“It Helps Make the Fuzzy Go Away”: Autistic Adults' Perspectives on Nature's Relationship with Well-being Through the Life Course

Samantha Friedman, Roan Noble, Stephanie Archer, Jenny Gibson, Claire H. Hughes

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Background: While previous work highlights the links between nature and various positive well-being-related outcomes, the experiences of autistic people in nature have received limited empirical research. Our study aimed at gathering autistic adults' perspectives on the relationship between nature and well-being in both childhood and adulthood.

Methods: We used an online survey to capture the views of 127 autistic adults across the United Kingdom. Using reflexive thematic analysis, we analyzed responses to three questions focused on nature experiences in childhood and adulthood and how the participants felt that nature was (or was not) related to well-being. Guided by self-determination theory, we used both inductive and deductive analysis.

Results: We developed three main themes to reflect the nature experiences of autistic adults: choosing to escape into nature, supporting relatedness through connecting in (and to) nature, and nature doesn't judge, but other people do. Compared with many other contexts, nature provides a non-judgmental space through which (in both childhood and adulthood) many, but not all, autistic individuals can meet individual needs and experience autonomy, relatedness, and competence.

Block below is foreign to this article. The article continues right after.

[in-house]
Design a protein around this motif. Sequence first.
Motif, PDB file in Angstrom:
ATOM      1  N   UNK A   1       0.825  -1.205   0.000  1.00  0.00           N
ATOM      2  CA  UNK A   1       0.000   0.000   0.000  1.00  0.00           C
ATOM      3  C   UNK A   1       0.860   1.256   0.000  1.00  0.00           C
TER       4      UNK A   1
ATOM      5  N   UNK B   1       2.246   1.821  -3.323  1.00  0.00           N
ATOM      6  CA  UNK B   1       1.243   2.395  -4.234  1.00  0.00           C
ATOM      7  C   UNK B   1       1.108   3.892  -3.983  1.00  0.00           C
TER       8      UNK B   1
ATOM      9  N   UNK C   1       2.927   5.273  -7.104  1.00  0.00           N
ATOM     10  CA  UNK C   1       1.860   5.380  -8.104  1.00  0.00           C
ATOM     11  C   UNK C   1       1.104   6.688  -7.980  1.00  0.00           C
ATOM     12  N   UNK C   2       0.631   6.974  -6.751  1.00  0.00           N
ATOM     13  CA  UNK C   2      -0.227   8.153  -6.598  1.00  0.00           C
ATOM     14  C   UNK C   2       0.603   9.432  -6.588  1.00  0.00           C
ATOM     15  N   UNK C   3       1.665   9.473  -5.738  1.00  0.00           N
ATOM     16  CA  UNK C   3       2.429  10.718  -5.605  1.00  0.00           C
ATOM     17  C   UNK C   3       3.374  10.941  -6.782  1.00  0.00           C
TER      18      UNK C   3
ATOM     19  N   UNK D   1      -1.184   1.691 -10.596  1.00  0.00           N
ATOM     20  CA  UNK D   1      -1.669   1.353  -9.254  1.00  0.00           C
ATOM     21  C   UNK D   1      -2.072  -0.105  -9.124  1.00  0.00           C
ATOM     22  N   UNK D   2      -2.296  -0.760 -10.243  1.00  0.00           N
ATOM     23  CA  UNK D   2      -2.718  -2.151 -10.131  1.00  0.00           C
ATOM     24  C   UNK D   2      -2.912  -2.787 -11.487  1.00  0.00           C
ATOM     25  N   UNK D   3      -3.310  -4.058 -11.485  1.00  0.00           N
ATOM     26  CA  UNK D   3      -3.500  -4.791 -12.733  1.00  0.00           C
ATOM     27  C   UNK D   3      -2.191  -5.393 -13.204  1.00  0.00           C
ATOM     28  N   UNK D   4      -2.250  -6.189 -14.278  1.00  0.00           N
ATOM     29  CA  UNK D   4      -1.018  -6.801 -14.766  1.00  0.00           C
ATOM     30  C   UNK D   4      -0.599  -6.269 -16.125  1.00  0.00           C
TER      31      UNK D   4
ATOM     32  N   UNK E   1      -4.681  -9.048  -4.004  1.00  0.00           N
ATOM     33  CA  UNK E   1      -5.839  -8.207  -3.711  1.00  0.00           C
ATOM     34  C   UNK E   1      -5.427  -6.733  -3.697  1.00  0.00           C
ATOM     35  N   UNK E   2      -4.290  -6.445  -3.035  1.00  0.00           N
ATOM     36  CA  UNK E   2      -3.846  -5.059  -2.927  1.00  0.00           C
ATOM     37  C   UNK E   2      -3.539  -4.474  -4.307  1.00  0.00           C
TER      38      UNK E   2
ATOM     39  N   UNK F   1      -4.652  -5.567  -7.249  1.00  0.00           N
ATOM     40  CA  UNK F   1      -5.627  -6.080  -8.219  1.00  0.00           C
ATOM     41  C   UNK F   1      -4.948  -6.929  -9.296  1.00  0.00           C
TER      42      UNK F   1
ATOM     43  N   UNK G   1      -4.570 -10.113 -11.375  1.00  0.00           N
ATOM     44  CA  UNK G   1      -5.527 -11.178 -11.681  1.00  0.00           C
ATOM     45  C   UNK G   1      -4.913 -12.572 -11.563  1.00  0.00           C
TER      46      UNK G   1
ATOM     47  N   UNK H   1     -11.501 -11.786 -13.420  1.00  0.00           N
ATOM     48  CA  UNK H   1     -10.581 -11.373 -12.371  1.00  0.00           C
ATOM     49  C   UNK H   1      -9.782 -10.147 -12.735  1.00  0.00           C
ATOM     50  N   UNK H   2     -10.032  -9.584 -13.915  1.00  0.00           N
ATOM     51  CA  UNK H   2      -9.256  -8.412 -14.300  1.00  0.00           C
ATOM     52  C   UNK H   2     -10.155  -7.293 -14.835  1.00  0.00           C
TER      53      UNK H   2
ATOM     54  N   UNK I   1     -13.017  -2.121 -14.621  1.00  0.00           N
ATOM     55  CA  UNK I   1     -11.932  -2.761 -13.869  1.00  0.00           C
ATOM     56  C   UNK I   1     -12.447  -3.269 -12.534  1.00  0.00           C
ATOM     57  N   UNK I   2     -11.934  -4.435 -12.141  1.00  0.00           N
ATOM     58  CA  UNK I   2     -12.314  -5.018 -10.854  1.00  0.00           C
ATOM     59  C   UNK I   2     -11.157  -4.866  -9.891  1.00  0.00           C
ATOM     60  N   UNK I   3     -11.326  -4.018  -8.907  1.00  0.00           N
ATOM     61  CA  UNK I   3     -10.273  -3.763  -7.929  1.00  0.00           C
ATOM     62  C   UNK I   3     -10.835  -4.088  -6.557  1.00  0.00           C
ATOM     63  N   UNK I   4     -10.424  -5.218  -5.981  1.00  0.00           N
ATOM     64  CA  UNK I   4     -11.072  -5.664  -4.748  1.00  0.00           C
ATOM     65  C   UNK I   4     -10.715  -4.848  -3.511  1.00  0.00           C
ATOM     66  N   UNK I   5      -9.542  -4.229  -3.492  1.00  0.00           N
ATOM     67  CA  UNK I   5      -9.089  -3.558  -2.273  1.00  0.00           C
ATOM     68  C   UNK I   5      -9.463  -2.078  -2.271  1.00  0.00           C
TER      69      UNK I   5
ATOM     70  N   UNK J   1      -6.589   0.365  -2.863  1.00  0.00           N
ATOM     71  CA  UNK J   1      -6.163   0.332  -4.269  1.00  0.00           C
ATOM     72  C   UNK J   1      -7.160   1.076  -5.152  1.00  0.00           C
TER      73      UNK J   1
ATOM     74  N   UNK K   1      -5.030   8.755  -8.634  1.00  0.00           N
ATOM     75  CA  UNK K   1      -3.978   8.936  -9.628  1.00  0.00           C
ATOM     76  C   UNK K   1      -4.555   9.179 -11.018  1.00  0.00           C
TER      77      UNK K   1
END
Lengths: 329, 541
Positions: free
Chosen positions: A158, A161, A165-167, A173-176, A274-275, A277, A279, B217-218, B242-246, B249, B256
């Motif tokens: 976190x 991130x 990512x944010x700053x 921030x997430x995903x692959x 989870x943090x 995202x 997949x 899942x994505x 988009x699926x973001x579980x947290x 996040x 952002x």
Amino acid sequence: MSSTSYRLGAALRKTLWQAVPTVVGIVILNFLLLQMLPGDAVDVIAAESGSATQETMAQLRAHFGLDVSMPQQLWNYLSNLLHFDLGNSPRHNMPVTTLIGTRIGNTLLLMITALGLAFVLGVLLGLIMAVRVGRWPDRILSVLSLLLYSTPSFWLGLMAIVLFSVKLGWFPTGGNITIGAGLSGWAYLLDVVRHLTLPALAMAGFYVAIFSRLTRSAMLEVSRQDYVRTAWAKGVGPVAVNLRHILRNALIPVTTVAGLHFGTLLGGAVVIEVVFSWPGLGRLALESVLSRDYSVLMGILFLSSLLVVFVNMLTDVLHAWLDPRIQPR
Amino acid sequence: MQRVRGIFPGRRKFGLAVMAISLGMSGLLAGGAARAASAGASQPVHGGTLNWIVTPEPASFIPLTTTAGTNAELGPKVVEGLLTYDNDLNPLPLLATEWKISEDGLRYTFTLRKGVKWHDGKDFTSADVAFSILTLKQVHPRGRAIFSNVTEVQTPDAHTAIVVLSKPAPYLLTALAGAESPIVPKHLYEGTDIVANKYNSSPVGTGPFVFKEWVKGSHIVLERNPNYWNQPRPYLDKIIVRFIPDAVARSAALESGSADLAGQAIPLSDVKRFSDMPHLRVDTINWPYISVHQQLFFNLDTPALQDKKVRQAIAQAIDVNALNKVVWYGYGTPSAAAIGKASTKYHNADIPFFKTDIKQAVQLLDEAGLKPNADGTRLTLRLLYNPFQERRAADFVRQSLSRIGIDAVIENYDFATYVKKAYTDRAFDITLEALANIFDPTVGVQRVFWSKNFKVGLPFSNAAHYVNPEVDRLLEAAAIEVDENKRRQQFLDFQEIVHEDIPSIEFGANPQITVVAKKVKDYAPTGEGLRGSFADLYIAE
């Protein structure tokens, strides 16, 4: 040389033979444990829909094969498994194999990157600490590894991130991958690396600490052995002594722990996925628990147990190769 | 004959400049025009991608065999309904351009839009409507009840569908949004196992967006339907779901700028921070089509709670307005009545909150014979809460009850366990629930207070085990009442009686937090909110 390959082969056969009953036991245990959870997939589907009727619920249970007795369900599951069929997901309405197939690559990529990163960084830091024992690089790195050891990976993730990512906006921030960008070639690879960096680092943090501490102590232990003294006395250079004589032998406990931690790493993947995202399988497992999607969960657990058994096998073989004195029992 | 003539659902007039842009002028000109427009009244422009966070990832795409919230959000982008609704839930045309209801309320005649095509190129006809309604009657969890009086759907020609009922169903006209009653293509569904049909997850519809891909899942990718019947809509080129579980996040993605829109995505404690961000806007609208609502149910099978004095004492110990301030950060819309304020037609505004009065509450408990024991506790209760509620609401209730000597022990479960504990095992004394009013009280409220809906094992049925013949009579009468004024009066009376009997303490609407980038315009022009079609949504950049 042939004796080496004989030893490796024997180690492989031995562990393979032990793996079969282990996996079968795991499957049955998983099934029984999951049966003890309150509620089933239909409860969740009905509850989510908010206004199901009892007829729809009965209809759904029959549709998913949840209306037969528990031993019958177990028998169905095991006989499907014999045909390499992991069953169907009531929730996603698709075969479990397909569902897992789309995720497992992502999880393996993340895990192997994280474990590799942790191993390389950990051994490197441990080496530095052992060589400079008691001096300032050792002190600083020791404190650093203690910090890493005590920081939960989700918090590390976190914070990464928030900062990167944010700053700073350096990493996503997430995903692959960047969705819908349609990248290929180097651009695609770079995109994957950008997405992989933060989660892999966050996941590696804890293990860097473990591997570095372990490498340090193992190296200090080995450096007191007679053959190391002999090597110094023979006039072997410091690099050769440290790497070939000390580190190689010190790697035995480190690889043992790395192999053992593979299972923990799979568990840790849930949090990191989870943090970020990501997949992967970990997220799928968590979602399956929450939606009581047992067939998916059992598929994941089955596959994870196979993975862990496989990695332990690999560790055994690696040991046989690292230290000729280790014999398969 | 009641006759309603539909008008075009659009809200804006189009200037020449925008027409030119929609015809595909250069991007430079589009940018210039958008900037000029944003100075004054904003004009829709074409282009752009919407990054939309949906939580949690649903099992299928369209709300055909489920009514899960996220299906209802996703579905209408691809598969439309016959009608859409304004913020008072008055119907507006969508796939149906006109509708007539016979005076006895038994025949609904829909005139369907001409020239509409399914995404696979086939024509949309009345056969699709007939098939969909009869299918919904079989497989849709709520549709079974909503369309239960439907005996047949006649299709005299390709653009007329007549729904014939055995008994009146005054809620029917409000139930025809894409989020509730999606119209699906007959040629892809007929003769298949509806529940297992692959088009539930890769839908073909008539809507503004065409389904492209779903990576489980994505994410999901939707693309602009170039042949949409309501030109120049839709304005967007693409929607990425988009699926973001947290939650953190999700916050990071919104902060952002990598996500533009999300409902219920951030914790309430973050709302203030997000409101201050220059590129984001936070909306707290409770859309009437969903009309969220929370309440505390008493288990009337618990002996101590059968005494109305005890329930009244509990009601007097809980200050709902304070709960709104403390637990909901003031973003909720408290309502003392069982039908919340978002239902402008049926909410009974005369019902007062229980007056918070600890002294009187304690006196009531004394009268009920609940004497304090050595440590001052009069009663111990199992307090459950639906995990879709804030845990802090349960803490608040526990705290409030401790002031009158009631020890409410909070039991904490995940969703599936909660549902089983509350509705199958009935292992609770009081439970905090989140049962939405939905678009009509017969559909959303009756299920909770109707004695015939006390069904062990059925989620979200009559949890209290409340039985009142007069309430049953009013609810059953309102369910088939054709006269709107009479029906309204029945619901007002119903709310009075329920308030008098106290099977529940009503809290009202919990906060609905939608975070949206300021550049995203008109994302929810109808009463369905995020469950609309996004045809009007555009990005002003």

Conclusion: This analysis of how autistic adults in the United Kingdom utilize nature to support well-being has implications for how nature can be used in social prescribing as well as in ensuring that existing outdoor spaces, organizations, and activities are supportive of autistic people.
Original languageEnglish
JournalAutism in Adulthood
Early online date8 Sept 2023
Publication statusE-pub ahead of print - 8 Sept 2023

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